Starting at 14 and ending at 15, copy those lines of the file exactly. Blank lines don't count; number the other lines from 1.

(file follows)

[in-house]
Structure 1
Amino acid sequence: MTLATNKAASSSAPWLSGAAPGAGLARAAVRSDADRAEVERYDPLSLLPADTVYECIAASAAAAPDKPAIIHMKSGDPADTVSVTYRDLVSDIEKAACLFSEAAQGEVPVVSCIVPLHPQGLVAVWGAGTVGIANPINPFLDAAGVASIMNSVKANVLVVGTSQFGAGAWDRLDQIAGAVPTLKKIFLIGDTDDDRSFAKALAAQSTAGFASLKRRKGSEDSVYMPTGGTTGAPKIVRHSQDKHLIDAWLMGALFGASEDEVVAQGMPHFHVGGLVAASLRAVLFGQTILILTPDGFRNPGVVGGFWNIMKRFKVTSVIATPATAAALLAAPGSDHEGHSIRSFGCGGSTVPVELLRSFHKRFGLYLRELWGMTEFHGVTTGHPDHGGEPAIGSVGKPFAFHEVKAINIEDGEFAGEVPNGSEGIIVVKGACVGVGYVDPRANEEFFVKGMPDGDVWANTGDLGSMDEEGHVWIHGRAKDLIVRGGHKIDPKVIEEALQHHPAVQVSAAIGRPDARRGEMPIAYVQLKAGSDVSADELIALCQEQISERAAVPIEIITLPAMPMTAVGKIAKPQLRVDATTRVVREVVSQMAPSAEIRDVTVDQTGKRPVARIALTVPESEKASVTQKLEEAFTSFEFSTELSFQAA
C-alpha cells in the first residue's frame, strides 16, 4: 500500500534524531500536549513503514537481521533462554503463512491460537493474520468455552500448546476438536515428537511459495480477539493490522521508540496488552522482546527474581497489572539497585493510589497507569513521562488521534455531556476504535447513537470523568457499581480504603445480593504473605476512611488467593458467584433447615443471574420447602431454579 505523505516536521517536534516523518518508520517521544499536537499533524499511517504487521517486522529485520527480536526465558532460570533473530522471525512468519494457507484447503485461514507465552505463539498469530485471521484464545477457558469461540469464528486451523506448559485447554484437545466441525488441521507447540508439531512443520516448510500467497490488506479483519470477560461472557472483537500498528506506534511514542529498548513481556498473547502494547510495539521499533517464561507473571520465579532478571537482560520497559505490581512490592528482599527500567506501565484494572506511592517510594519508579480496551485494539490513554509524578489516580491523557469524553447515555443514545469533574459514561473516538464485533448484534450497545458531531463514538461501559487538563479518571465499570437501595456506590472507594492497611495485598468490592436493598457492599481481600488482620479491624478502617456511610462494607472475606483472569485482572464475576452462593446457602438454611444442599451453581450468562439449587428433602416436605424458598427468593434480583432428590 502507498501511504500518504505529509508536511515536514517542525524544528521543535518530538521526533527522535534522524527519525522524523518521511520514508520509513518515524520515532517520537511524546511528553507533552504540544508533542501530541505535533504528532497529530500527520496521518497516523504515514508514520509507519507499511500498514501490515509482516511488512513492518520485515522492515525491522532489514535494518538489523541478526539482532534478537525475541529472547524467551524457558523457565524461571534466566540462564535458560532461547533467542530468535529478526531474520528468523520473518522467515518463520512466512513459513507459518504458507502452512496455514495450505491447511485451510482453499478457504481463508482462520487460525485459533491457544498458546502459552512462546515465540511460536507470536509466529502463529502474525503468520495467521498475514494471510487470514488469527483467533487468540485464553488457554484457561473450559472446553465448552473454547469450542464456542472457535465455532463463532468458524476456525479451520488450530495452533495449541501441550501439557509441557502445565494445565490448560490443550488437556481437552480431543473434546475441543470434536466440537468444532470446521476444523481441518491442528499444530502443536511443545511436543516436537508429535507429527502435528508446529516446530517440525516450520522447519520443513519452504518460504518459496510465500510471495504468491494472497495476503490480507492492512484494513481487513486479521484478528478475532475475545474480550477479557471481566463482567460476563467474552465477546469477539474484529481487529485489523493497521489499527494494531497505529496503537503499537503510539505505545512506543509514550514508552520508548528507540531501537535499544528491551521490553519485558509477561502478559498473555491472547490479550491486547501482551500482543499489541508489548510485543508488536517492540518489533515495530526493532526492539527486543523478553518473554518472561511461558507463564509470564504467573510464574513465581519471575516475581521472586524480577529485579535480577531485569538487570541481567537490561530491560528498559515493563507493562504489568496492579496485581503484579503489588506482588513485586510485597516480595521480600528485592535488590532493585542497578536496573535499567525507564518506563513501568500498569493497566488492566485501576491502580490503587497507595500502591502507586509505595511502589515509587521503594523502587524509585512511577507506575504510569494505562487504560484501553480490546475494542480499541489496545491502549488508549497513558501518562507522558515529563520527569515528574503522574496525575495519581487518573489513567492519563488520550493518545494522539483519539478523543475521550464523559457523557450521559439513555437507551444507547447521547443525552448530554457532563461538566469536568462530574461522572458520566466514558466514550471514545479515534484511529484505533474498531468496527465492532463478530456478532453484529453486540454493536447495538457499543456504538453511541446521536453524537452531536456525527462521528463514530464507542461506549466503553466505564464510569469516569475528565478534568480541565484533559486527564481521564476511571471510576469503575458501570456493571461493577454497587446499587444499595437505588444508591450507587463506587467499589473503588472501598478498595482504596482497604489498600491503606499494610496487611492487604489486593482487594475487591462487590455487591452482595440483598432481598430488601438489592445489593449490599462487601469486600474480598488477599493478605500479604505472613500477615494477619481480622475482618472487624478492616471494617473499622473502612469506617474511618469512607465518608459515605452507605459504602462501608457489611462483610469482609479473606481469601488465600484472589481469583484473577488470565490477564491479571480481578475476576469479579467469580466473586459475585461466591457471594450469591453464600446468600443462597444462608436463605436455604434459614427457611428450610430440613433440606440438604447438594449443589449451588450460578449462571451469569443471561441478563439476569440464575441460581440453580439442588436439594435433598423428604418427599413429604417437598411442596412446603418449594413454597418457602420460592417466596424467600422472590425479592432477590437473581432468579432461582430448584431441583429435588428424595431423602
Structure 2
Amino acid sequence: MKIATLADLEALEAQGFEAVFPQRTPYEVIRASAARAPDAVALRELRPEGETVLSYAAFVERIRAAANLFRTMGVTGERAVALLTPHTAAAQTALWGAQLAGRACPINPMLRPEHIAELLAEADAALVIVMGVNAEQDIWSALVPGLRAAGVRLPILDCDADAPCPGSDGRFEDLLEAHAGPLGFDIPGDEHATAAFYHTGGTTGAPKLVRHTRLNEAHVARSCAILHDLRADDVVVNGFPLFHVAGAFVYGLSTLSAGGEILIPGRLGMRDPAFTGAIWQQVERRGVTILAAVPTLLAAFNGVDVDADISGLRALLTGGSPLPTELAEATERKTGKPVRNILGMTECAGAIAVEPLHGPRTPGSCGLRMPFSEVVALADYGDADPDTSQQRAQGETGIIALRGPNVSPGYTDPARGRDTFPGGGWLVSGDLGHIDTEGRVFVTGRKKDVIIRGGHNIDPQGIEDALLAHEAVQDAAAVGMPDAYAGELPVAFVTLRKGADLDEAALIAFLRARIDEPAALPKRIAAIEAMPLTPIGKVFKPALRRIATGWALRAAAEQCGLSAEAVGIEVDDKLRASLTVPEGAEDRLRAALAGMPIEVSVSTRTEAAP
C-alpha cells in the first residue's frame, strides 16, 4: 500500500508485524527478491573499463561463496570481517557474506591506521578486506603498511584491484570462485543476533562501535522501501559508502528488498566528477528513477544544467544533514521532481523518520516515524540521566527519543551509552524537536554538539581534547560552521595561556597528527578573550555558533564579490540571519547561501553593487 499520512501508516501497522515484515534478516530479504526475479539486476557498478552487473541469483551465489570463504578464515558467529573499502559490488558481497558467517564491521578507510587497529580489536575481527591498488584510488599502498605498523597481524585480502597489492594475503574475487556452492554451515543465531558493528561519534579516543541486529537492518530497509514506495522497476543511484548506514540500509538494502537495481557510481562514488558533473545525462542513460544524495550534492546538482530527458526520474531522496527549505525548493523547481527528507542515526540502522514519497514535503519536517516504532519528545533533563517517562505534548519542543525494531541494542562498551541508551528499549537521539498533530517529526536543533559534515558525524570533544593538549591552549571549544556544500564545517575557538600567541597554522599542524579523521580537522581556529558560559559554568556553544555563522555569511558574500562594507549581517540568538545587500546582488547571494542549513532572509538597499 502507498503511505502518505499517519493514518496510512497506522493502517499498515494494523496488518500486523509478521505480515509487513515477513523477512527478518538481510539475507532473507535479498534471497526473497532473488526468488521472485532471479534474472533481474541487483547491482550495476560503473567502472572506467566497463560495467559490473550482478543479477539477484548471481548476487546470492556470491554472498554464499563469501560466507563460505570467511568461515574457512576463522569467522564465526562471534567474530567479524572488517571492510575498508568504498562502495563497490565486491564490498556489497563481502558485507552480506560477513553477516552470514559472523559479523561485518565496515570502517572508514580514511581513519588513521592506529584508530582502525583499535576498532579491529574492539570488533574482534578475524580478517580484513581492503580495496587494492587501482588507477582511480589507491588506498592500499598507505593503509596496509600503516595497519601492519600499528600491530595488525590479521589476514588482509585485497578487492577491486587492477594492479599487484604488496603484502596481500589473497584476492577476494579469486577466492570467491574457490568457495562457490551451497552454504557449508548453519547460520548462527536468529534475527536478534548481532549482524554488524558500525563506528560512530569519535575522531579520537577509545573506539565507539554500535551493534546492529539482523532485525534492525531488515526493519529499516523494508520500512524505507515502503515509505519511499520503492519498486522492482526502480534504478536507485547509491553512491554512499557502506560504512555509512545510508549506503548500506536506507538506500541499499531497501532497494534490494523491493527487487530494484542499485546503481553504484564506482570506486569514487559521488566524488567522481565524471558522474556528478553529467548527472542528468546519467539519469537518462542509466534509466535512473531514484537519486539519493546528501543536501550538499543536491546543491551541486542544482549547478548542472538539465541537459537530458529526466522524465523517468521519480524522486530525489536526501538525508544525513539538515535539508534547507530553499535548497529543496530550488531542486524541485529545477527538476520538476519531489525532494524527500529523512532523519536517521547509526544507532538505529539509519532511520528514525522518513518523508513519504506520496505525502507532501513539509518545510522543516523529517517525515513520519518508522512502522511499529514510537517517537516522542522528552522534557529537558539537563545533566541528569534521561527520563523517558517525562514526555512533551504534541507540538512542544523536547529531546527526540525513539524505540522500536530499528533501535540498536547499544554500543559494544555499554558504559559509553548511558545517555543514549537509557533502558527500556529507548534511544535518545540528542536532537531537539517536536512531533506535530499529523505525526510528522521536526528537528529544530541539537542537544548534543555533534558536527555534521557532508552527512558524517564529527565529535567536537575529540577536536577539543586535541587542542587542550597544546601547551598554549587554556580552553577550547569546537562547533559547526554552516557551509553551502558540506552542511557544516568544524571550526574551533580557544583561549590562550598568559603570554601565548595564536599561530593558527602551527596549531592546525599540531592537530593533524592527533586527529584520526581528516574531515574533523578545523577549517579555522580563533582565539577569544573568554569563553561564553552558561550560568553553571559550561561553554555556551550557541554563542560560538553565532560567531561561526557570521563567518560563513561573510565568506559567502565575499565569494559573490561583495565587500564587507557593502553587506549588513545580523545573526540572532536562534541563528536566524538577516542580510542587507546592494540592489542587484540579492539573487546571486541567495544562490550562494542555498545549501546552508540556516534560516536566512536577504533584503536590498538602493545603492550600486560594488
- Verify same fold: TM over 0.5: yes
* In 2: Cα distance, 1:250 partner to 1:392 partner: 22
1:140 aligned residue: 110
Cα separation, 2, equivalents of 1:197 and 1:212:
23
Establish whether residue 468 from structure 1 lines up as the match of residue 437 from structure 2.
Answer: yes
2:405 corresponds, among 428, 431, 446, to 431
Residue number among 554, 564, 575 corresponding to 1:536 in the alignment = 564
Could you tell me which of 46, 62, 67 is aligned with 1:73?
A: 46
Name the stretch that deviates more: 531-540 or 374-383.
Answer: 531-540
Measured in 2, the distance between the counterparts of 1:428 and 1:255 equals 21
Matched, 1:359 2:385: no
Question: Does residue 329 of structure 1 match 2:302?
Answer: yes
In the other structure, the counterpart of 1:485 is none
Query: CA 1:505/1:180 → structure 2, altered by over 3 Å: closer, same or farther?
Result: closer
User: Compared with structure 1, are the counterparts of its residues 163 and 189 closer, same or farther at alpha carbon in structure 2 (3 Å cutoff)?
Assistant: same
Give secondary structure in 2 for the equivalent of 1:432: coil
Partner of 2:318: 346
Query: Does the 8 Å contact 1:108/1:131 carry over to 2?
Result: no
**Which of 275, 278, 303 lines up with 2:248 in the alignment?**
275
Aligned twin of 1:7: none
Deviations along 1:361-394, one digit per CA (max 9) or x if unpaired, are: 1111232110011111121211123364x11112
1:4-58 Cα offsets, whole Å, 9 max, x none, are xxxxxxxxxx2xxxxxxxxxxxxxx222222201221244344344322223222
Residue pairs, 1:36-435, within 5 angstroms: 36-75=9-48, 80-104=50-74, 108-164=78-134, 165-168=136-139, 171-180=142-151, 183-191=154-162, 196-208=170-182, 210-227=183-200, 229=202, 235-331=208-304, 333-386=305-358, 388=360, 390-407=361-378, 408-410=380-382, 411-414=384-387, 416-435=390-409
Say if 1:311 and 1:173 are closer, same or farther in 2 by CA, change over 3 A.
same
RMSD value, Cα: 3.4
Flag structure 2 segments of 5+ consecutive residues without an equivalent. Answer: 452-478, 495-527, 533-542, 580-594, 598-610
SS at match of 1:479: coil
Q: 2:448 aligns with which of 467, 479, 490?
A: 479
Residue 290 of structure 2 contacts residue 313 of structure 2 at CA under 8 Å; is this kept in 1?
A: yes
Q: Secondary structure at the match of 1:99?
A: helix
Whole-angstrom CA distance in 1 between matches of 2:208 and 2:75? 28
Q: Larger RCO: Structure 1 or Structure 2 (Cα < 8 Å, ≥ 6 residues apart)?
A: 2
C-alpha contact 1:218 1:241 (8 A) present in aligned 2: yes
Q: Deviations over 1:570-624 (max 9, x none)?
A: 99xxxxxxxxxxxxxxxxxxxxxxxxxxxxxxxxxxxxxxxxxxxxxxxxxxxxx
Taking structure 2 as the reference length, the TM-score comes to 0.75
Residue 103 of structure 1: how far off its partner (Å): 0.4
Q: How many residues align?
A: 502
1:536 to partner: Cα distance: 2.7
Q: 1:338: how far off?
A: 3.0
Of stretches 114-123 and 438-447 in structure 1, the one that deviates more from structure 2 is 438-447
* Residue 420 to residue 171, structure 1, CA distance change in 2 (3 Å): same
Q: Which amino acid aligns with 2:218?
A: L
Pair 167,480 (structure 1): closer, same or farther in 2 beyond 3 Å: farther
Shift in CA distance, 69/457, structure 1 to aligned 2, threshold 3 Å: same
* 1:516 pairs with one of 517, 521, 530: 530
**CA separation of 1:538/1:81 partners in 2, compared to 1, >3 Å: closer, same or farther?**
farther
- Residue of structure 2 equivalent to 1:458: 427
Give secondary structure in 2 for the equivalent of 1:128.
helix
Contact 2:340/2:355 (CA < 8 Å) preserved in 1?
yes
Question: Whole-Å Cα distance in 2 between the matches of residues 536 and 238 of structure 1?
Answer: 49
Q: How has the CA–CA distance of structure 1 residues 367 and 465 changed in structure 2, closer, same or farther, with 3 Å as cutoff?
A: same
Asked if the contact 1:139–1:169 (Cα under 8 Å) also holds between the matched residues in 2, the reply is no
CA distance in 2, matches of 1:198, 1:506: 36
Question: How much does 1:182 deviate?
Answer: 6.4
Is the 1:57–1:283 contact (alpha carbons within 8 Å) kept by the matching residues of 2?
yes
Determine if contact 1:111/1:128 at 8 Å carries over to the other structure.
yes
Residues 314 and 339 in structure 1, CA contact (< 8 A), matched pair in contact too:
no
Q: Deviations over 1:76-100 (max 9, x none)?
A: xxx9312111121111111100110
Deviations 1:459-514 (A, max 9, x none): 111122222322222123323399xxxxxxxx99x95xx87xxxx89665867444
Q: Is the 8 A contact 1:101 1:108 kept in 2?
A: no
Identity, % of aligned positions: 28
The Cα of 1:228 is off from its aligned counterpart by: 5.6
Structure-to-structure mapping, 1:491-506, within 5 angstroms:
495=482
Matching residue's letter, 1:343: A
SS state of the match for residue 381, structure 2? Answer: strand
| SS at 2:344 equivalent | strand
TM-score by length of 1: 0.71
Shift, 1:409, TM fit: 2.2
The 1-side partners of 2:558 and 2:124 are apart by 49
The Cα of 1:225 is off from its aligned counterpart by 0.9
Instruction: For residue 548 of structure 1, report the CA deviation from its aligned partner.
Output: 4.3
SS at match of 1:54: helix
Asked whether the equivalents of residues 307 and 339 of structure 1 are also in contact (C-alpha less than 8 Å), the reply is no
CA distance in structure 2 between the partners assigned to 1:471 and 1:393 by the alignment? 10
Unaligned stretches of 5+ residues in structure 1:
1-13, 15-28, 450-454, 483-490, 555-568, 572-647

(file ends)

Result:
Answer: yes
2:405 corresponds, among 428, 431, 446, to 431